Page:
The massacre at Robb Elementary School in Uvalde, Texas, last week scarred the nation, and adding to the tragedy was the jarring stream of the inconsistent facts, changing narratives and altering timelines presented by law enforcement officials.
Nineteen children and two teachers were killed in the May 24 shooting at the school, which serves second through fourth graders, just days before the end of the academic year.
One week later, new details continue to surface as officials walk back initial claims in the evolving chronicle of the shooting. Here’s a list of some of those inconsistencies. Click through each claim to see the original claim and what authorities are saying now.
School door was shut before gunman walked in
Gunman wasn’t confronted by school officer
There was no school resource officer stationed at the school on May 24, McCraw said Friday. When the officer did arrive at the school, he inadvertently passed the shooter, who was crouched down next to a car.
Police said they “pinned down” gunman in a classroom; later said he was “barricaded”
McCraw said Friday that the commander on the scene said the situation had changed from an active shooter to a “barricaded subject” situation.
“The on-scene commander considered a barricaded subject and that there was time and that there were no more children at risk,” he said. “Obviously, you know, based upon the information we have, there were children in that classroom that were at risk and it was in fact still an active shooter situation and not a barricaded subject.”
McCraw said there were at least 19 officers on the scene about a half hour after the gunman entered the school.
“In fact, there was plenty of officers to do whatever needed to be done, with one exception, is that the incident commander inside believed they needed more equipment and more officers to do a tactical breach at that point. That’s why BORTAC (Border Patrol Tactical Unit) was requested on the scene. As soon as they were there, they executed, they searched, they released a dynamic entry, and went in.”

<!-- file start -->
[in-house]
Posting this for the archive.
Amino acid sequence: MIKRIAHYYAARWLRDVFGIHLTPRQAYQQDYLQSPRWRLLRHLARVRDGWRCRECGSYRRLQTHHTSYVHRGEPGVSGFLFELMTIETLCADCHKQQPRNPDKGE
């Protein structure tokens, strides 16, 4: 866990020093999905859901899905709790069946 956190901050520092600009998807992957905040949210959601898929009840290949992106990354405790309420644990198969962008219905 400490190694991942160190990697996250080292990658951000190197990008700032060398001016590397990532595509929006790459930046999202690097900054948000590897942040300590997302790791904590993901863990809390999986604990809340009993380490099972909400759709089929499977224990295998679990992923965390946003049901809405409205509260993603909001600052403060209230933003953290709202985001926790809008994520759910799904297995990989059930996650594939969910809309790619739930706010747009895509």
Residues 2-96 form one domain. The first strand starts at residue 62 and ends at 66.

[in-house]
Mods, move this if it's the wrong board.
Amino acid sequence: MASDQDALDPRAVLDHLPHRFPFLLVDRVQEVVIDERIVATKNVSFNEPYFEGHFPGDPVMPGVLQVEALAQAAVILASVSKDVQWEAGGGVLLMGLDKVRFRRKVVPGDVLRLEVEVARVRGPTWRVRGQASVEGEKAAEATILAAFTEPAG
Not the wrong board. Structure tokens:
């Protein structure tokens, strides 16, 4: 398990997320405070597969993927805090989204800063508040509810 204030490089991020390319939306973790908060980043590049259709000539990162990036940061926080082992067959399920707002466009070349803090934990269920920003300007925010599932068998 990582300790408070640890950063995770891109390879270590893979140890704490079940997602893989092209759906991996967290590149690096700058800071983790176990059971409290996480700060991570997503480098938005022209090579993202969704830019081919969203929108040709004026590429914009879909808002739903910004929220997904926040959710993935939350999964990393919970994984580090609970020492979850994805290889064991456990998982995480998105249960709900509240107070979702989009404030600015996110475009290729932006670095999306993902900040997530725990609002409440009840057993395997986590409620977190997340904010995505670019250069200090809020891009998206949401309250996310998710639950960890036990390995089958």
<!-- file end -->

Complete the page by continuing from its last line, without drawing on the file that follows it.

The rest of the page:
McCraw said the classroom doors locked from the inside and noted, “hundreds of rounds were pumped in in four minutes near those two classrooms.”
“Any firing afterwards was sporadic and it was at the door. So the belief is that there may not be anybody living anymore, and that the subject is now trying to keep law enforcement at bay, or entice them to come in,” he said.
In a raw admission, McCraw called the decision not to breach the classroom sooner a mistake.
“From the benefit of hindsight where I’m sitting now, of course it was not the right decision. It was the wrong decision,” he said.
As part of the original claim, officials also said that after shooting his grandmother in her home, the shooter got into a car and crashed near a funeral home across the street from the school at 11:28 a.m.
He then entered the west side of the school at 11:40 a.m., followed by local and school police four minutes later, Escalon with Texas DPS said on May 26.
McCraw shared a more detailed timeline Friday at a news conference.
The shooter entered the school at 11:33 a.m. — earlier than previously stated — and started shooting at room 111 or 112, firing off more than 100 rounds based on audio evidence.
At 11:35, at least three Uvalde Police Department officers followed him into the school through the same door. By 12:03 p.m., there were as many as 19 officers in the hallway.
The classroom was breached at 12:50 p.m. using keys from a janitor. The gunman was shot about 80 minutes after he had entered the school.
The gunman wasn’t wearing body armor
No responding officers rescued their own children
Albarado said he ran to the school after receiving a text from his wife, Trisha, a fourth grade teacher, saying: “There’s an active shooter. help. love you.”
He helped clear out classrooms and evacuate students to safety. In the chaos he found his daughter, a moment he called a “big relief.”